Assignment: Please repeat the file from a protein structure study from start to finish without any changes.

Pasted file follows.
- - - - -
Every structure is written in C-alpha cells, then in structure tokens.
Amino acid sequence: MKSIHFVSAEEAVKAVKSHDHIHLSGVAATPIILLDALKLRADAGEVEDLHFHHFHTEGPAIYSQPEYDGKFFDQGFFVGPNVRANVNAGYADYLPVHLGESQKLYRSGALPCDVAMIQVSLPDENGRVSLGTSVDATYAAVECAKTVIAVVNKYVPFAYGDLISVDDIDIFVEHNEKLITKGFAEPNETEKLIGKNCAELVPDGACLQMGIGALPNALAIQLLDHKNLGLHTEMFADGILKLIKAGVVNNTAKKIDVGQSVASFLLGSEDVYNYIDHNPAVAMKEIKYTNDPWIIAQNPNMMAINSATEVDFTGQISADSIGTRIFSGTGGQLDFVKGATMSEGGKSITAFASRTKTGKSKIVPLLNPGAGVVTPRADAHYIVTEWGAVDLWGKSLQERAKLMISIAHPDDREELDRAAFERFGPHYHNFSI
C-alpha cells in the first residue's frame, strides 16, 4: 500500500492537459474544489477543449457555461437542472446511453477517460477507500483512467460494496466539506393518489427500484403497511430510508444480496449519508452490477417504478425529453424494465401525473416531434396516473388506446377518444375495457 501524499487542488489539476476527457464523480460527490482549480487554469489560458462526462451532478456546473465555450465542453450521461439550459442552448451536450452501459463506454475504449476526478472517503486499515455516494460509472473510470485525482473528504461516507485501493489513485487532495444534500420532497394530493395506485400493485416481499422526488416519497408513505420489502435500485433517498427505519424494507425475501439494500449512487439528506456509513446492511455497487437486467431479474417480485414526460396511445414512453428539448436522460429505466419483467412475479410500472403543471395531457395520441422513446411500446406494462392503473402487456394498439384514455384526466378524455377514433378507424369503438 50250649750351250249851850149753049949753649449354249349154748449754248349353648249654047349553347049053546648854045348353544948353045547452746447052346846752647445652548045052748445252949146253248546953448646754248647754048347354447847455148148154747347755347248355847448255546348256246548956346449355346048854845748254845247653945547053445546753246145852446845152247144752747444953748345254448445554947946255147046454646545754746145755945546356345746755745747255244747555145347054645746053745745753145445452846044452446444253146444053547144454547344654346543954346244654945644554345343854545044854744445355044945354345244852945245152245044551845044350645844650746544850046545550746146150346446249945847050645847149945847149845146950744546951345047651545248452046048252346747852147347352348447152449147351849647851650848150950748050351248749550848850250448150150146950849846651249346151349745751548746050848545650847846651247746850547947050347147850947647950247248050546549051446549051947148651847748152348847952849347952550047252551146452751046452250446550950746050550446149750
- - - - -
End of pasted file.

Every structure is written in C-alpha cells, then in structure tokens.
Amino acid sequence: MKSIHFVSAEEAVKAVKSHDHIHLSGVAATPIILLDALKLRADAGEVEDLHFHHFHTEGPAIYSQPEYDGKFFDQGFFVGPNVRANVNAGYADYLPVHLGESQKLYRSGALPCDVAMIQVSLPDENGRVSLGTSVDATYAAVECAKTVIAVVNKYVPFAYGDLISVDDIDIFVEHNEKLITKGFAEPNETEKLIGKNCAELVPDGACLQMGIGALPNALAIQLLDHKNLGLHTEMFADGILKLIKAGVVNNTAKKIDVGQSVASFLLGSEDVYNYIDHNPAVAMKEIKYTNDPWIIAQNPNMMAINSATEVDFTGQISADSIGTRIFSGTGGQLDFVKGATMSEGGKSITAFASRTKTGKSKIVPLLNPGAGVVTPRADAHYIVTEWGAVDLWGKSLQERAKLMISIAHPDDREELDRAAFERFGPHYHNFSI
C-alpha cells in the first residue's frame, strides 16, 4: 500500500492537459474544489477543449457555461437542472446511453477517460477507500483512467460494496466539506393518489427500484403497511430510508444480496449519508452490477417504478425529453424494465401525473416531434396516473388506446377518444375495457 501524499487542488489539476476527457464523480460527490482549480487554469489560458462526462451532478456546473465555450465542453450521461439550459442552448451536450452501459463506454475504449476526478472517503486499515455516494460509472473510470485525482473528504461516507485501493489513485487532495444534500420532497394530493395506485400493485416481499422526488416519497408513505420489502435500485433517498427505519424494507425475501439494500449512487439528506456509513446492511455497487437486467431479474417480485414526460396511445414512453428539448436522460429505466419483467412475479410500472403543471395531457395520441422513446411500446406494462392503473402487456394498439384514455384526466378524455377514433378507424369503438 50250649750351250249851850149753049949753649449354249349154748449754248349353648249654047349553347049053546648854045348353544948353045547452746447052346846752647445652548045052748445252949146253248546953448646754248647754048347354447847455148148154747347755347248355847448255546348256246548956346449355346048854845748254845247653945547053445546753246145852446845152247144752747444953748345254448445554947946255147046454646545754746145755945546356345746755745747255244747555145347054645746053745745753145445452846044452446444253146444053547144454547344654346543954346244654945644554345343854545044854744445355044945354345244852945245152245044551845044350645844650746544850046545550746146150346446249945847050645847149945847149845146950744546951345047651545248452046048252346747852147347352348447152449147351849647851650848150950748050351248749550848850250448150150146950849846651249346151349745751548746050848545650847846651247746850547947050347147850947647950247248050546549051446549051947148651847748152348847952849347952550047252551146452751046452250446550950746050550446149750